Sunday, June 16, 2013

Autograph Adventures: David Tyree

This story goes back to last week, June 8. I went to a local Sports Authority to look for a new pair of sneakers. After buying a pair that I liked,  I noticed a sign on the way out that caught my attention. I later called the Sports Authority to confirm the date and time, and they even told me that it was a free signing. If you don't remember David Tyree, click HERE and watch a video that should jog your memory. That helmet catch would prove to be the last one Tyree ever made in the NFL. He later played for the Baltimore Ravens, appearing on mostly special teams. Tyree's career ended after he signed a one day contract with the Giants to retire with the team that he won a Super Bowl with.

Now, fast forward to the day of the signing. As you can see on the flyer, the signing was scheduled to start at 1pm. I arrived around noon to be about sixth in line. On the right, you can see what it looked like at the front of the line. I had brought a 5x7 photo with me to get signed, and since I was with my father, there was one more autograph to be had. The Sports Authority had set up a rack of Giants mini-helmets and Giants footballs, but I ended up settling with a NFL Autograph Mini Football.

Then the waiting began. From what I've seen, athletes aren't usually to these signings. 1pm came and went. Then at around 1:15, a person from Sports Authority said Tyree would be there in 20 minutes. 20 minutes later, and there was still no sign of Tyree. Eventually it was 2pm, and people in line were starting to get restless. Finally, at long last, David Tyree came in the store around 2:20 pm. With his son sitting on his lap, he started signing away for everyone. I approached him about five minutes into the signing. He had black and silver sharpies on the table, so I brought my own blue sharpie, as black tends to fade quicker than blue. I gave him the ball first, and asked him to inscribe it with the year that he won the Super Bowl, and he signed it perfectly. I asked to take a photo with him when he finished signing my photo, and the result was the photo you can see on the top part of this paragraph. His eyes are closed, but I guess that makes it more worthwhile, as it is a hilarious experience. Before leaving, I took a video of him signing which you can see below.

Here are photos of the two autographs I got from David Tyree.

That's all for this autograph adventure. Thanks for reading. Happy Fathers Day! Good luck graphing!

Wednesday, June 12, 2013

Cardinals @ Mets 6/11/13 at Citi Field

 Last night, June 11, I went to Citi Field for the Mets game against the St. Louis Cardinals. As you can see on my ticket, there is no price as these were complimentary tickets. It was Citi Tuesdays, and I was lucky to get two free tickets.

After taking the train, we arrived at Citi Field about 20 minutes before the gates were going to open. There was already a short line forming in front of the bag check tables, but I decided to start another line. I went right behind another one of the bag check tables, and was first in line. About 10 minutes later, security started to tell people toward the back of the original line that there were indeed two lines, with me at the front of the second one.

When the gates opened, I raced down toward to the first row on the first base side of the field. I was going to try to get some autographs from the Mets today. I was the first one to get down toward where veteran pitcher LaTroy Hawkins was shagging balls during batting practice. Once he fielded a ball, I asked him if he could toss one up. He looked in my direction, and launched it in my direction from about 40-60 feet away.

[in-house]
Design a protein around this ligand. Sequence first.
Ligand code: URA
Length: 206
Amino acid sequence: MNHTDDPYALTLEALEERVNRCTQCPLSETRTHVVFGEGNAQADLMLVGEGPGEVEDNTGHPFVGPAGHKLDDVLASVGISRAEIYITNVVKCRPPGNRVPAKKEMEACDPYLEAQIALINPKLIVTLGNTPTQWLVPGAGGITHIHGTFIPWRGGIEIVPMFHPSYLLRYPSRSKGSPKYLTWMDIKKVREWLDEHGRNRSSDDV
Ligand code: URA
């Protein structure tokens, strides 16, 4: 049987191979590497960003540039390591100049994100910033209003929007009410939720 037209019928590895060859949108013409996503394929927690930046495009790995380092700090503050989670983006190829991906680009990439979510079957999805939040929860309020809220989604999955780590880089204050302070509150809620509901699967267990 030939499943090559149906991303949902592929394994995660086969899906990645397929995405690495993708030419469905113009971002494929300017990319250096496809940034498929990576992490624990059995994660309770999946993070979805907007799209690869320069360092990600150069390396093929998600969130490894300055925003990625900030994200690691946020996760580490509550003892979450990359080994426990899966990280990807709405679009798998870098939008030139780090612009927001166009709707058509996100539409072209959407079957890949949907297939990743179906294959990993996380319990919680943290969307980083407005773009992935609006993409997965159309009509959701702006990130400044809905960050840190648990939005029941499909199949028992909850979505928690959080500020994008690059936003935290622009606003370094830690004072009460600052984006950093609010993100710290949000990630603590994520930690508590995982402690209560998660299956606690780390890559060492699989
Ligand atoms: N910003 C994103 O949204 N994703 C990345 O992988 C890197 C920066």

I moved a few steps to my left, and made the easy one handed catch. Ball #1 was in the books, and you can see it on the left. Hawkins is circled in yellow in the photo on the left, which I took after moving to a better spot for autographs. Feel free to click on that picture, or any other ones in this entry to get a better look, even though some may be out of focus. Unfortunately for me, that would be the only thing I got during Mets batting practice. When they left the field, nobody stopped to sign, and then the Cardinals took over the field.

After the Cardinals took the field, I ran over to the third base side. Within five minutes of getting to my new spot down the third base line, someone yelled, "Heads up!" I looked up and around to see a line drive come flying into the seats, over the heads of several people that ducked to avoid getting hit. The ball bounced off a seat back about five rows directly behind me, popped up straight into the air, and I barely had to move from my spot while making the one hand catch with my back facing the field. I was actually sitting on the ledge between the stands and the field when I made the catch, and I had to push myself back up to avoid falling backwards onto the field. People actually applauded that catch, which surprised me. Maybe it was because it went straight into the glove, no bobble. I then asked who hit the ball, and a person decked out in Cardinals gear told me that it was probably Jon Jay, so I'll go with what he told me. That would be ball #2 on the day. I took the picture of the ball from the spot where I caught it, and this one is more in focus.

After trying, with no success, to get a toss-up from every single Cardinal that fielded a ball, left handed Matt Adams stepped into the cage. A few swings in, he hit a screaming line drive hooking toward the foul line. The ball hit the warning track dirt in fair territory, and was curving into the stands. Again, the girls standing next to me hit the deck to protect their faces. I saw the ball coming toward me, so I instinctively stuck out my glove, and watched the ball come flying right into my glove. When I tried to squeeze it shut, the ball popped out for a split second. However I got it back in my glove before it could fall to the dirt or any other fans could get their hands on it. Ball #3 was safely in my glove when I checked to see if it was still there. I took another, slightly out of focus, picture with ball #3 facing the infield where I caught it. That would be the last ball I got on the day. I got two balls during the Cardinals portion of BP in literally the exact same spot. I guess that it was the luck of the redbirds.

A few minutes later, most of the Cardinals left the field without signing any autographs. To my surprise, Shelby Miller emerged from the dugout and came over to the corner near the tarp and started signing for the fans. I tried my best to get into the scrum, but I was stuck in the third row, well out of Miller's arm reach. I slowly inched my way closer toward where Miller was signing, but I still wasn't close enough. Someone in the first row was offering to help get autographs for people that were further away. I handed him my ball and pen. No more than a minute later, I could see Miller signing my ball on the sweet spot with the pen I had just given the helpful person in the front row. I got the ball back, thanked the guy in the front for helping me out, then took the video of Miller signing that you can see below. You can see the signed ball at the bottom of this entry.